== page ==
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act. the bill prevents taxes going up for 98% of americans and 97% of small businesses and would cut the deficit by nearly $1 trillion. as i mentioned, the house doesn't pass this bill middle-class families will see their taxes go up by an average of about $2,200. all the hawshouse has to do and they can do it quickly under their procedures, is take up the senate-passed bill, pass it, we'll put down a significant down payment on deficit reduction, provide certainty to 98% of americans their taxes will remain the same and we can get on to other sensible, appropriate reductions and expenditures and move the nation forward. now, it's heartening to hear some republicans in the house like tom cole of oklahoma and mike simpson of indiana talking about locking in these tax rates
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for middle-class americans. indeed if the house as i suggested just had an up-or-down vote on the senate bill, i would suspect there would be enough republicans wanting to join house democrats in passing a tax cut for 98% of americans. and giving the business community the certainty that they need. unfortunately, we've yet to see an indication from speaker boehner that he'll let the senate approved middle-class tax cut get an up-or-down vote. despite the fact that by passing this legislation, every american, including the wealthiest, will get a tax break on the first quarter of a million dollars of income and a -- the disoat would become a bit fairer. now, i am worried that there's too many on t-- too many on the other side that are willing to let taxes increase on the middle class in order to allow the top two marginal tax rates to return to clinton-era levels for the wealthiest 2% of americans. that, to me, is unfair and, indeed, it's an uncalled-for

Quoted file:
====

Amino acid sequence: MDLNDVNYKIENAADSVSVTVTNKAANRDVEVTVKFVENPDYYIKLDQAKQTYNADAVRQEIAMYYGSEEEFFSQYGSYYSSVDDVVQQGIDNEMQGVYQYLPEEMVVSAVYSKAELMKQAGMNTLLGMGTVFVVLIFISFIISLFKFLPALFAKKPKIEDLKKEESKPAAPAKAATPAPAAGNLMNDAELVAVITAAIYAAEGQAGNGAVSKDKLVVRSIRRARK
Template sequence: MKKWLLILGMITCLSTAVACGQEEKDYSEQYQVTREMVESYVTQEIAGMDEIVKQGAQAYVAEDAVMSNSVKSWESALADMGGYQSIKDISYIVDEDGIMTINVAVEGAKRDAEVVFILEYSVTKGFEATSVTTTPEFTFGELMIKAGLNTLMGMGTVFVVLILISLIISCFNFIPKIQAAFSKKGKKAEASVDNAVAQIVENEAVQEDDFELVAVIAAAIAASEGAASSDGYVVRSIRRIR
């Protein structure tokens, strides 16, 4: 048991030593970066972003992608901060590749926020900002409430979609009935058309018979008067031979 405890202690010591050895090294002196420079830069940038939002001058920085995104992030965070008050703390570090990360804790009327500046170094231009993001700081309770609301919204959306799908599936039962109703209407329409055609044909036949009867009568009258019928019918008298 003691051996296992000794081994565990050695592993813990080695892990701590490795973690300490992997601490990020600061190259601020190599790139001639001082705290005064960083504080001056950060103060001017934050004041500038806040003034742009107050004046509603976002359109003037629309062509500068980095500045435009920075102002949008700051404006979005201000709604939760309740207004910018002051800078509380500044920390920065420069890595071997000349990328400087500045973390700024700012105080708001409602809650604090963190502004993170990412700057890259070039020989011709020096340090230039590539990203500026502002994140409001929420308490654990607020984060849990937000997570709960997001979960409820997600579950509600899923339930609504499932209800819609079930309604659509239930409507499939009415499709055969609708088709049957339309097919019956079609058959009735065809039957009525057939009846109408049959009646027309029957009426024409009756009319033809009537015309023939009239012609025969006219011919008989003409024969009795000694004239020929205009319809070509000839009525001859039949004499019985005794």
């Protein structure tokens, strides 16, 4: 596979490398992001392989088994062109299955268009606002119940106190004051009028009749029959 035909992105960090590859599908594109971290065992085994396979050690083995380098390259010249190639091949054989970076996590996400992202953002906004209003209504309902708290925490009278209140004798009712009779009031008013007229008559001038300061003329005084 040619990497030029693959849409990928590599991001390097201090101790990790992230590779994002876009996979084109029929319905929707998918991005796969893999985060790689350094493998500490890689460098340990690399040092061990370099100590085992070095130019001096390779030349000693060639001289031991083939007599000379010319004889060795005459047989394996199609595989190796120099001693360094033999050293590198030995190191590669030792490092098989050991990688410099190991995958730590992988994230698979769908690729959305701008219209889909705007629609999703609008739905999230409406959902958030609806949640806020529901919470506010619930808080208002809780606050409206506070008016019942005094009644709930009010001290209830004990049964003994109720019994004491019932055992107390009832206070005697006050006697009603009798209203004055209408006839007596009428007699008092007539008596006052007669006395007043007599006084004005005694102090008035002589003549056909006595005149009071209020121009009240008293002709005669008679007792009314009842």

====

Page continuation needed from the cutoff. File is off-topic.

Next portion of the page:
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imposition on the vast majority of americans. republicans would jeopardize our economic recovery also because of the uncertainty, because of the impact potentially on letting these tax provisions lapse for 98% of americans. it could hamper demand, restrict commerce, impede recovery at a time where we're seeing some fragile gains. indeed, it would be similar to what we're seeing in other parts of the world where study measures in europe have already caused many of their economies to slip back in recession. we can't do that. we've got to provide both confidence and the resources for consumers to go into the marketplace and continue to sustain this recovery. in fact, i would hope to accelerate this recovery because we need more to demand, more